Untangle dense information with a digestible format

Found a big data set or research paper that you know your audience would find useful but might struggle to decipher or even access? Brilliant news, all you have to do is extract the key information and present it in a format that is more accessible and appealing to your audience.

For example, this article Women of UK Startups by Superscript pivoted and refined dense Crunchbase data into simple data visualisations to tell the story of the gender gap in UK startups.

Collaborate with the competition in highly competitive spaces

If the existing piece of content you’re looking to update belongs to an indirect competitor or a publisher with a strong domain, you can always join forces and collaborate with them directly to improve the competitive landscape together.

For example, as part of a recent editorial strategy for an Australian travel client, I found this 2013 article ranking position two for the term ‘popular tourist attractions’. The average domain authority for competitors in the search results is high, so my recommendation is to collaborate with Business Insider to get the article updated by offering unique data and expert commentary.

Take a proven concept and adapt it for your niche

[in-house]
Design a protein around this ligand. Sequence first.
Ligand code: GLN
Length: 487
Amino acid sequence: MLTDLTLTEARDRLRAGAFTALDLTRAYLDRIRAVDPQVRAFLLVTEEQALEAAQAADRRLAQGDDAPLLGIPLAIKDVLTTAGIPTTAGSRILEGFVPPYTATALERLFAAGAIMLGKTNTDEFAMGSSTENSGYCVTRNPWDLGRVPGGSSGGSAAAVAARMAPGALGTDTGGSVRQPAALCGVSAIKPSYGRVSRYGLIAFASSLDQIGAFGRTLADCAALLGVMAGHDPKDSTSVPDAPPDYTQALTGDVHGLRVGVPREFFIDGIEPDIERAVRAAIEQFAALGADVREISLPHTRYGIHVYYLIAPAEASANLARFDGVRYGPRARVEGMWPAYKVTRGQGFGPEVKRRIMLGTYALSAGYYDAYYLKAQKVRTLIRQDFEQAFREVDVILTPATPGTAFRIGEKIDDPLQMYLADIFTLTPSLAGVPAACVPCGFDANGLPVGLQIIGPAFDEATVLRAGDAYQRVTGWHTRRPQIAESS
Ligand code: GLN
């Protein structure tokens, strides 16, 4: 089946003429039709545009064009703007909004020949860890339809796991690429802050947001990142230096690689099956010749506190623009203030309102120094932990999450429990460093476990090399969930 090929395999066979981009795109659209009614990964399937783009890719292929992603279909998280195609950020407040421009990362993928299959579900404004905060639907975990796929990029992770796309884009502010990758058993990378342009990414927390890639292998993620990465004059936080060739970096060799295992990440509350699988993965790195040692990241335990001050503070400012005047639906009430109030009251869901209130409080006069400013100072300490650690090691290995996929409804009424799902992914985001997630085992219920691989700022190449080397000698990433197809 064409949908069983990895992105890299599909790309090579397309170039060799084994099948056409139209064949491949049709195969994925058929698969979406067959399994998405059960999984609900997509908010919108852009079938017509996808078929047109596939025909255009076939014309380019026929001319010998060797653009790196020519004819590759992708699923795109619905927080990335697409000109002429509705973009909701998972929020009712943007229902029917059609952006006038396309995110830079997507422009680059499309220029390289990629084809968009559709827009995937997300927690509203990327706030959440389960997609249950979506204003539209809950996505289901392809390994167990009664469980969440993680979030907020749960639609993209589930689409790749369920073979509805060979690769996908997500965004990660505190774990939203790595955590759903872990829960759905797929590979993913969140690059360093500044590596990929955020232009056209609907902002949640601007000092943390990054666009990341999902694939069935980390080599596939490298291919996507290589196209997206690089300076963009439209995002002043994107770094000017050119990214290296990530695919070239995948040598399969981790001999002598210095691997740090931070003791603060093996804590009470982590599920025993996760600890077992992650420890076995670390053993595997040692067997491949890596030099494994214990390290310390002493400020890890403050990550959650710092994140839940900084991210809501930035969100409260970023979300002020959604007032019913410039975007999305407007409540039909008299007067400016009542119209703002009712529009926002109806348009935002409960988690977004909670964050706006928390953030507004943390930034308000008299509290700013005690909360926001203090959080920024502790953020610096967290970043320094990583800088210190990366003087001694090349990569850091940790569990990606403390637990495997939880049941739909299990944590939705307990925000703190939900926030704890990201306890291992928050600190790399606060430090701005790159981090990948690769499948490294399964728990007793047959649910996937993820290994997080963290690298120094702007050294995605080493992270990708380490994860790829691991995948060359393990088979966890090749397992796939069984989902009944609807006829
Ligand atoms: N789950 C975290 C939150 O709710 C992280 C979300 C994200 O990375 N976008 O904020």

As we’ve seen, good ideas are already out there. Sometimes, all you need to do is take one and apply it to your niche.

If you see something in the wild that you love, ask yourself: ‘how could I make that work for my audience?’ For example:

Hopefully these tactics will help reduce the time it takes you to produce effective editorial content and delight your audiences by ramping up quality across your niche.

If you’re not sure where to start looking for these kinds of opportunities in your own competitive landscape, get in touch and we can help!

Comments are closed.

  • There’s very little content online that is original, and that’s not necessarily a bad thing. I agree that repurposing content has a place as long as you are improving on the original idea/concept. It’s like re-making a movie or “borrowing” a riff from a song, if it’s helping you to create something even better then I say go for it.